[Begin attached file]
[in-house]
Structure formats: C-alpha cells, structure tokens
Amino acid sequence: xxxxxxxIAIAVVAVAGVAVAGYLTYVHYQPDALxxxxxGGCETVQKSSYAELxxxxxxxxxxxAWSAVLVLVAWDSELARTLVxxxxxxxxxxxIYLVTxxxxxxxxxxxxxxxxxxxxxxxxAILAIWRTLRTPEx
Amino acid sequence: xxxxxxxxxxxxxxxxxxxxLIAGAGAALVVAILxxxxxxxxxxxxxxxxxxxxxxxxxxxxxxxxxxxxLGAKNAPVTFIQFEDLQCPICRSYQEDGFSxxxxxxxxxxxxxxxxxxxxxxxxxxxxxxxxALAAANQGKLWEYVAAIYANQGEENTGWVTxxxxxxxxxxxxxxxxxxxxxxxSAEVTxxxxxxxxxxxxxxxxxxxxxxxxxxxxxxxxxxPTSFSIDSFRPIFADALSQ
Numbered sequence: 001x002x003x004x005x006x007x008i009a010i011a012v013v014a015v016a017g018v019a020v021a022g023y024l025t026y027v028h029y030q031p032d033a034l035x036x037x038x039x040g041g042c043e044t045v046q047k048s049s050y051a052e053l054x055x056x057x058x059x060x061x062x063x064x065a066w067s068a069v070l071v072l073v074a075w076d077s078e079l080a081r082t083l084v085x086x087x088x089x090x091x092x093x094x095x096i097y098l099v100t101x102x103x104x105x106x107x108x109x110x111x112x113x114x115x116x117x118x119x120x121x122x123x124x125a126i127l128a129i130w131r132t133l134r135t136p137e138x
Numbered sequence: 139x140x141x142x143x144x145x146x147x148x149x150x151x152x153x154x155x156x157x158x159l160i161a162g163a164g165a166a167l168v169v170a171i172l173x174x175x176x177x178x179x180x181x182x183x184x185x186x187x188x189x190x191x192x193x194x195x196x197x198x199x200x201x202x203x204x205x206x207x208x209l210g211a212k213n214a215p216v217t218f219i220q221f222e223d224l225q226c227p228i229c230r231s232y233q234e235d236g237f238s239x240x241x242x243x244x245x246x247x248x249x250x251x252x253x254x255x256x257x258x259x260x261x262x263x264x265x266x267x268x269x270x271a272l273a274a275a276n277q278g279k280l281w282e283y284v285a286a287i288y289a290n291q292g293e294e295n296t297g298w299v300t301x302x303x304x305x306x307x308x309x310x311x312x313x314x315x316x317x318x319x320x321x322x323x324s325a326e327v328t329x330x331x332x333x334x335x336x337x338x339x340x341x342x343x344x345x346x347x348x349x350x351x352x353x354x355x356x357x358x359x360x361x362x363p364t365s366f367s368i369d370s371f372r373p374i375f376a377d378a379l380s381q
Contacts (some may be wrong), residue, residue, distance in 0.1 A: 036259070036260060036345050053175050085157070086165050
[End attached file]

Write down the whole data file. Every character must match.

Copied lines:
[in-house]
Structure formats: C-alpha cells, structure tokens
Amino acid sequence: xxxxxxxIAIAVVAVAGVAVAGYLTYVHYQPDALxxxxxGGCETVQKSSYAELxxxxxxxxxxxAWSAVLVLVAWDSELARTLVxxxxxxxxxxxIYLVTxxxxxxxxxxxxxxxxxxxxxxxxAILAIWRTLRTPEx
Amino acid sequence: xxxxxxxxxxxxxxxxxxxxLIAGAGAALVVAILxxxxxxxxxxxxxxxxxxxxxxxxxxxxxxxxxxxxLGAKNAPVTFIQFEDLQCPICRSYQEDGFSxxxxxxxxxxxxxxxxxxxxxxxxxxxxxxxxALAAANQGKLWEYVAAIYANQGEENTGWVTxxxxxxxxxxxxxxxxxxxxxxxSAEVTxxxxxxxxxxxxxxxxxxxxxxxxxxxxxxxxxxPTSFSIDSFRPIFADALSQ
Numbered sequence: 001x002x003x004x005x006x007x008i009a010i011a012v013v014a015v016a017g018v019a020v021a022g023y024l025t026y027v028h029y030q031p032d033a034l035x036x037x038x039x040g041g042c043e044t045v046q047k048s049s050y051a052e053l054x055x056x057x058x059x060x061x062x063x064x065a066w067s068a069v070l071v072l073v074a075w076d077s078e079l080a081r082t083l084v085x086x087x088x089x090x091x092x093x094x095x096i097y098l099v100t101x102x103x104x105x106x107x108x109x110x111x112x113x114x115x116x117x118x119x120x121x122x123x124x125a126i127l128a129i130w131r132t133l134r135t136p137e138x
Numbered sequence: 139x140x141x142x143x144x145x146x147x148x149x150x151x152x153x154x155x156x157x158x159l160i161a162g163a164g165a166a167l168v169v170a171i172l173x174x175x176x177x178x179x180x181x182x183x184x185x186x187x188x189x190x191x192x193x194x195x196x197x198x199x200x201x202x203x204x205x206x207x208x209l210g211a212k213n214a215p216v217t218f219i220q221f222e223d224l225q226c227p228i229c230r231s232y233q234e235d236g237f238s239x240x241x242x243x244x245x246x247x248x249x250x251x252x253x254x255x256x257x258x259x260x261x262x263x264x265x266x267x268x269x270x271a272l273a274a275a276n277q278g279k280l281w282e283y284v285a286a287i288y289a290n291q292g293e294e295n296t297g298w299v300t301x302x303x304x305x306x307x308x309x310x311x312x313x314x315x316x317x318x319x320x321x322x323x324s325a326e327v328t329x330x331x332x333x334x335x336x337x338x339x340x341x342x343x344x345x346x347x348x349x350x351x352x353x354x355x356x357x358x359x360x361x362x363p364t365s366f367s368i369d370s371f372r373p374i375f376a377d378a379l380s381q
Contacts (some may be wrong), residue, residue, distance in 0.1 A: 036259070036260060036345050053175050085157070086165050